Mike Brown's website lists it as a possible dwarf planet with a diameter of 328 kilometres (204 mi) based on an assumed albedo of 0.04. The albedo is expected to be low because the object has a blue (neutral) color. However, if the albedo is higher, the object could easily be half that size.
2000 CR105 and Sedna differ from scattered-disc objects in that they are not within the gravitational influence of the planet Neptune even at their perihelion distances (closest approaches to the Sun). It is something of a mystery as to how these objects came to be in their current, far-flung orbits. Several hypotheses have been put forward:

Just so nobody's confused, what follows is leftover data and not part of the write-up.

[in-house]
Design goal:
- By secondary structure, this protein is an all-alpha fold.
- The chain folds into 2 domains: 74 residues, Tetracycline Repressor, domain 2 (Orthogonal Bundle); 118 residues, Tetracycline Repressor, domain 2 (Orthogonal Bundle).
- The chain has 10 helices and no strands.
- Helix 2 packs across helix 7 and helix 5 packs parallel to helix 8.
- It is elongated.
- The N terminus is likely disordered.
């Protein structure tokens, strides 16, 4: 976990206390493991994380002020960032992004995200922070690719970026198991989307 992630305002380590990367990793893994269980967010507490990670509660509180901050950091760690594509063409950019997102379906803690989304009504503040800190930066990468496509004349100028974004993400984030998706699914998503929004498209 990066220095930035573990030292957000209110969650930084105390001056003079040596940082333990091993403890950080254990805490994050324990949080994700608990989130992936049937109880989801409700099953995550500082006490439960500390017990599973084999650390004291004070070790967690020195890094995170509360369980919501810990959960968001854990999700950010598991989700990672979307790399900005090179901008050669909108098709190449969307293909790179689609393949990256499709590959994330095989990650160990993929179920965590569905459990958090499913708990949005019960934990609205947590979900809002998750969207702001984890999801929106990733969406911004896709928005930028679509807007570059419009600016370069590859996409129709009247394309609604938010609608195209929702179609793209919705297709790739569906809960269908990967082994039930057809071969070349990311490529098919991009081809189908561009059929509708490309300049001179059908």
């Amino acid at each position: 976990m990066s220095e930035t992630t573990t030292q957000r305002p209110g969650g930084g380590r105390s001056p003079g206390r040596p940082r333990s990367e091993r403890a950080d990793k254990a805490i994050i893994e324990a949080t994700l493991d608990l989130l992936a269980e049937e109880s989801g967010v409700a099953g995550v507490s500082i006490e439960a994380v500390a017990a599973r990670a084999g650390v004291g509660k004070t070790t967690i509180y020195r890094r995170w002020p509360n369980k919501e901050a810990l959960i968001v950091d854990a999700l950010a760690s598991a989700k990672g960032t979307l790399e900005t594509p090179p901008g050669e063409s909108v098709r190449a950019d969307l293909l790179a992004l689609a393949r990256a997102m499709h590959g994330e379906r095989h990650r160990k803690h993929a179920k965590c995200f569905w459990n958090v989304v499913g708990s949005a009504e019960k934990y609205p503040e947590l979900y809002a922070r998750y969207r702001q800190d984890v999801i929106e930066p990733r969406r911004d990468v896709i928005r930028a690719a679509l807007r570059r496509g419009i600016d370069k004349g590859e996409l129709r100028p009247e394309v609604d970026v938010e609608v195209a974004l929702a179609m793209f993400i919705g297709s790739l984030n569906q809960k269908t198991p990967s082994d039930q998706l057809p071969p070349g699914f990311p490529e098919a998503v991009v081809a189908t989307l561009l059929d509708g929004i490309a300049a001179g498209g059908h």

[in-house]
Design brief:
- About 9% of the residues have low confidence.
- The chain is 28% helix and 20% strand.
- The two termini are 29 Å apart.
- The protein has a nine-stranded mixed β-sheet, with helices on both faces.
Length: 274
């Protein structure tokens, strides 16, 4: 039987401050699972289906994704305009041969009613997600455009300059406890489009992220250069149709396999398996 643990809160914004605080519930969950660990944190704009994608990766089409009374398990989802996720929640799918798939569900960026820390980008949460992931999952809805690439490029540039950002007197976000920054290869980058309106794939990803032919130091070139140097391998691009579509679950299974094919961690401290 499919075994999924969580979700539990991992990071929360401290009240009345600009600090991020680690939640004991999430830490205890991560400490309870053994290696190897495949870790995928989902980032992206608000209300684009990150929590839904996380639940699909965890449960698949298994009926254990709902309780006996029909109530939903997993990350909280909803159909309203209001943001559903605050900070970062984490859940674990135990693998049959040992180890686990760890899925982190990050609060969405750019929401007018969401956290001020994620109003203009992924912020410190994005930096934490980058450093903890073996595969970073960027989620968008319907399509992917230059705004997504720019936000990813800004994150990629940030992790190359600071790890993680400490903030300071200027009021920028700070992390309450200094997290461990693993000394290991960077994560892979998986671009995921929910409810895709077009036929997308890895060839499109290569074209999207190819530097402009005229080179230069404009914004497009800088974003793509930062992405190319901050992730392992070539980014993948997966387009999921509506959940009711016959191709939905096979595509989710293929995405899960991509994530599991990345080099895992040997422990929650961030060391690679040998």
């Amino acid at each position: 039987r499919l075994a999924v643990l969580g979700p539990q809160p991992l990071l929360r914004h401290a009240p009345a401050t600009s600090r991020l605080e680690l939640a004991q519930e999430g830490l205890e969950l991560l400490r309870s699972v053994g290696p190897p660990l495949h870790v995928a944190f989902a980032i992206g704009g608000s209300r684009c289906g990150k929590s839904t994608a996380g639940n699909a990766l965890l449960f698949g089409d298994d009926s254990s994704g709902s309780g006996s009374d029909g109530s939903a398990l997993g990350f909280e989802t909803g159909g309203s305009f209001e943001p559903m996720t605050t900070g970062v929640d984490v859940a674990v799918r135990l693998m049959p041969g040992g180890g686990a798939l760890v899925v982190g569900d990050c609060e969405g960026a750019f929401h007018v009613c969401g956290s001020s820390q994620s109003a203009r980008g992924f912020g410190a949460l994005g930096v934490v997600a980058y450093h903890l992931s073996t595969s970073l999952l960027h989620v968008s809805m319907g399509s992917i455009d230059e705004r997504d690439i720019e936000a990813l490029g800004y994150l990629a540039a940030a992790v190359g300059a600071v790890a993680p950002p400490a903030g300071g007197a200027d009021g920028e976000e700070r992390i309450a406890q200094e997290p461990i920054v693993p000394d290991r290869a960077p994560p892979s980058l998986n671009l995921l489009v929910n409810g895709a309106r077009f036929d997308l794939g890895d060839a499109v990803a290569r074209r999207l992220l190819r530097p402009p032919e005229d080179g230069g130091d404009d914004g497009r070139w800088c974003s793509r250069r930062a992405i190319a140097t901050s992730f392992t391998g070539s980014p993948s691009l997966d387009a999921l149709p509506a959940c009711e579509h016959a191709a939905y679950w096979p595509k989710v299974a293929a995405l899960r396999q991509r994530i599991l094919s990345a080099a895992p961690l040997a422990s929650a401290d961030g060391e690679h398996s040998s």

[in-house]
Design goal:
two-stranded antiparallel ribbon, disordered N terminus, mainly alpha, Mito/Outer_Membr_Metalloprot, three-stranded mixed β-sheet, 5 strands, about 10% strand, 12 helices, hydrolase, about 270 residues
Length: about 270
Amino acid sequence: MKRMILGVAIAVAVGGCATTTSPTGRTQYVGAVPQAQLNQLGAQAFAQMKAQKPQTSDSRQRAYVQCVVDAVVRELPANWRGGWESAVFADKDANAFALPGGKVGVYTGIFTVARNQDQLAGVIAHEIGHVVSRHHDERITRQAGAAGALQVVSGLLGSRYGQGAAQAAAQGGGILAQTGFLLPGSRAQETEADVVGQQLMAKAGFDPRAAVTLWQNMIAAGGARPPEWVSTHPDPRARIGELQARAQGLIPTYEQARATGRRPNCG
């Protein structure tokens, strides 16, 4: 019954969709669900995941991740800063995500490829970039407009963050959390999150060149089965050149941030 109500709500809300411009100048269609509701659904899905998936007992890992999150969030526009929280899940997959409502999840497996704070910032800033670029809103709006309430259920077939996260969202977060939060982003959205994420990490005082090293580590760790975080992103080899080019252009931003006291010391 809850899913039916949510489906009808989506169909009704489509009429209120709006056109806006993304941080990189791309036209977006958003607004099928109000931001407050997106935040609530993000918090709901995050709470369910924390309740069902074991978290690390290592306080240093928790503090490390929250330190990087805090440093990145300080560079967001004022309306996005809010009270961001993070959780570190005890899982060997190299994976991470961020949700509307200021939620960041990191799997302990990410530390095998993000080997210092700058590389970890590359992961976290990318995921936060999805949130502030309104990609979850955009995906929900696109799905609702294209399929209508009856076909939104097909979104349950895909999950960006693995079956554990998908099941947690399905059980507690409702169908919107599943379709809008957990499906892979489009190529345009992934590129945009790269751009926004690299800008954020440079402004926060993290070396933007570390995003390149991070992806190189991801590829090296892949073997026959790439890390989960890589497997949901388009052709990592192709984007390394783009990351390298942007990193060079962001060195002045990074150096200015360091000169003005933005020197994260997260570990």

They were pulled from their original positions by a very distant, and as-yet-undiscovered (albeit unlikely), giant planet.
They were pulled from their original positions by an undiscovered companion star orbiting the Sun.
They were captured from another planetary system during a close encounter early in the Sun's history. According to Kenyon and Bromley, there is a 15% probability that a star like the Sun had an early close encounter and a 1% probability that outer planetary exchanges would have happened. 2000 CR105 is estimated to be 2–3 times more likely to be a captured planetary object than Sedna.